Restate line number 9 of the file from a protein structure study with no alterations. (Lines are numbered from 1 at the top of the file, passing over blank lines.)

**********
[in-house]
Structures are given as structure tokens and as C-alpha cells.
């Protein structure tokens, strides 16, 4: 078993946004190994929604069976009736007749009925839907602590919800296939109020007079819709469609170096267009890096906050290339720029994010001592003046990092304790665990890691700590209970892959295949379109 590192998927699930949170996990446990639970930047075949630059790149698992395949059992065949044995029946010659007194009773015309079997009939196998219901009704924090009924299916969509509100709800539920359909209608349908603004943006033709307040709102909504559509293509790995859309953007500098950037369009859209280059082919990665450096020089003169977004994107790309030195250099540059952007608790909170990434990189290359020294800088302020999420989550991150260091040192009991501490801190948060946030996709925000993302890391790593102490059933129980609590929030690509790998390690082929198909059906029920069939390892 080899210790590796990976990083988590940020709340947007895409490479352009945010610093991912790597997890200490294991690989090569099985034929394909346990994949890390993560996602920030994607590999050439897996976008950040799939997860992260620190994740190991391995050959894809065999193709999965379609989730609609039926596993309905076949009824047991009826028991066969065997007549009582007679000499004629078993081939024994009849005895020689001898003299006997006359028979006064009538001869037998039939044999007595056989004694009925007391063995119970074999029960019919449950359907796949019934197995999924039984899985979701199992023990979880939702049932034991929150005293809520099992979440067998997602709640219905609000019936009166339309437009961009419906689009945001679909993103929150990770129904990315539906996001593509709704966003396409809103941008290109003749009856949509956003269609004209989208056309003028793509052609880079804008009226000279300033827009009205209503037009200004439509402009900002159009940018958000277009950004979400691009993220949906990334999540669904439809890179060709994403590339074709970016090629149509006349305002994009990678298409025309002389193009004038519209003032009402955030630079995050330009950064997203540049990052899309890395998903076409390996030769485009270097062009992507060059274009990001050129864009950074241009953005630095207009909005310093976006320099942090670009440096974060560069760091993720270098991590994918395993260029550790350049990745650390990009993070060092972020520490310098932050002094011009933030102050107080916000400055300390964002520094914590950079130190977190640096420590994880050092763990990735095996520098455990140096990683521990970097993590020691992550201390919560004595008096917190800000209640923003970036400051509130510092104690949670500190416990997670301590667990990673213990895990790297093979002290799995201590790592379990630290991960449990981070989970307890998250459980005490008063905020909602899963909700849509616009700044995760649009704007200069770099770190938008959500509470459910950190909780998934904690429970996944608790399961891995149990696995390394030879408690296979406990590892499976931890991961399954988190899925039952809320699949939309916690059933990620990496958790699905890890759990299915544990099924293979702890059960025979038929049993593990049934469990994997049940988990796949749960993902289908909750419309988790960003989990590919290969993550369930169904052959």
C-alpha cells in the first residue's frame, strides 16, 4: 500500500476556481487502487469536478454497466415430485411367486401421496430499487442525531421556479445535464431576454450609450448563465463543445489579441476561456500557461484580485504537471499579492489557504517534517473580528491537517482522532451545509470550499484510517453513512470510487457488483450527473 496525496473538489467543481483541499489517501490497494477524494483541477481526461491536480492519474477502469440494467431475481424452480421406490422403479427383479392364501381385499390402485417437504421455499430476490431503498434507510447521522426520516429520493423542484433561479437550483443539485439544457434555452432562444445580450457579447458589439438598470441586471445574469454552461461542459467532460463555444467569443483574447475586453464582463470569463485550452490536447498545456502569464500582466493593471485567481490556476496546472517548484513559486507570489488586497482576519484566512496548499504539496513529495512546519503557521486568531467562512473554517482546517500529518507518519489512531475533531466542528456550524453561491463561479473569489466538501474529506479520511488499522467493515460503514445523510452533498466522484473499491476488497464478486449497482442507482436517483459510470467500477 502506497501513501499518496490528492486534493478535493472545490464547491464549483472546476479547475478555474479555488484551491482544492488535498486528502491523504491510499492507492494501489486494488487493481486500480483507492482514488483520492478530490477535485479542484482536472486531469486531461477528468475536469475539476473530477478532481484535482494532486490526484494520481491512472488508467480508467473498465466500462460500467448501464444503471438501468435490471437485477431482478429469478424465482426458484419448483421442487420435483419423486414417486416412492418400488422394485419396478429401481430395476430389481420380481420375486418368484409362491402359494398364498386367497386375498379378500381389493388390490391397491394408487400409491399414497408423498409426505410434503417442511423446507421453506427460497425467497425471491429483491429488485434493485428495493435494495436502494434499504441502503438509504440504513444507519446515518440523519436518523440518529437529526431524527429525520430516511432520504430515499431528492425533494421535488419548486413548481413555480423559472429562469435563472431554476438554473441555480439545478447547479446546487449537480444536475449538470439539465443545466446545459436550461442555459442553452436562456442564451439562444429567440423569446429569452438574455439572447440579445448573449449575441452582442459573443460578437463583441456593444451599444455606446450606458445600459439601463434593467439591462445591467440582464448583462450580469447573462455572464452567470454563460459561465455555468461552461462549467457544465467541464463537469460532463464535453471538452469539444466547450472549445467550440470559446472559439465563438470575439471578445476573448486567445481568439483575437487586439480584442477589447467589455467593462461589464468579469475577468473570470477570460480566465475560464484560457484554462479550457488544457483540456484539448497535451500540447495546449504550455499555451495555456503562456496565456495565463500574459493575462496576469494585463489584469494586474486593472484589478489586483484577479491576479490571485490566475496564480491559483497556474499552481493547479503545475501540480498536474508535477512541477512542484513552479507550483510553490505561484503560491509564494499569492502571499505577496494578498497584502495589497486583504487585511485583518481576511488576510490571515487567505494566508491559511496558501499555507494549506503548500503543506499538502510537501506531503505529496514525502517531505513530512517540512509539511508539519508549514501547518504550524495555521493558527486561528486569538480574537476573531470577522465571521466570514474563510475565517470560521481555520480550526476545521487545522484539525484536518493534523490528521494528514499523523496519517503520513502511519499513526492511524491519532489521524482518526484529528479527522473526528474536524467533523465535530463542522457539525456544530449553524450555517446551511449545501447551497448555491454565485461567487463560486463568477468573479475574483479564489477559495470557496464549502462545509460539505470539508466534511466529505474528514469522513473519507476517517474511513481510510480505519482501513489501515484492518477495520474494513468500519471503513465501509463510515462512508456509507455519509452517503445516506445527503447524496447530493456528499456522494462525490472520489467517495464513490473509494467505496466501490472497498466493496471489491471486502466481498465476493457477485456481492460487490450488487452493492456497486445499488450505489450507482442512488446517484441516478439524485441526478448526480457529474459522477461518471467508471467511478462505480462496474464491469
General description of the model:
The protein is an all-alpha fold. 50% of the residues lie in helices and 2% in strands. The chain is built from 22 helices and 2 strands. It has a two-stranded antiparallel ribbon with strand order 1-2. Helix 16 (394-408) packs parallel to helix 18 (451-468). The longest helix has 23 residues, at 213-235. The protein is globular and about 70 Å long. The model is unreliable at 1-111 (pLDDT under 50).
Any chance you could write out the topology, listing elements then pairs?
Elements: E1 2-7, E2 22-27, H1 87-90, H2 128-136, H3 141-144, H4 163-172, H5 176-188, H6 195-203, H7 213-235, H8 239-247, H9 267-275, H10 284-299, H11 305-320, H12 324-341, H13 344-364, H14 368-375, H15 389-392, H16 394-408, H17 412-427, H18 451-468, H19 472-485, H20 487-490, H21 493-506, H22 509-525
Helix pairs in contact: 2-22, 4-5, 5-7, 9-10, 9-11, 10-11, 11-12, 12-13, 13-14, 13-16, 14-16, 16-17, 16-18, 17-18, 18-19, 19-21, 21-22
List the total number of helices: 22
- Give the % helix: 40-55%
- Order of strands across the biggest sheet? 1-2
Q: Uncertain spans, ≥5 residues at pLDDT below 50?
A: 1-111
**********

Helix pairs in contact: 2-22, 4-5, 5-7, 9-10, 9-11, 10-11, 11-12, 12-13, 13-14, 13-16, 14-16, 16-17, 16-18, 17-18, 18-19, 19-21, 21-22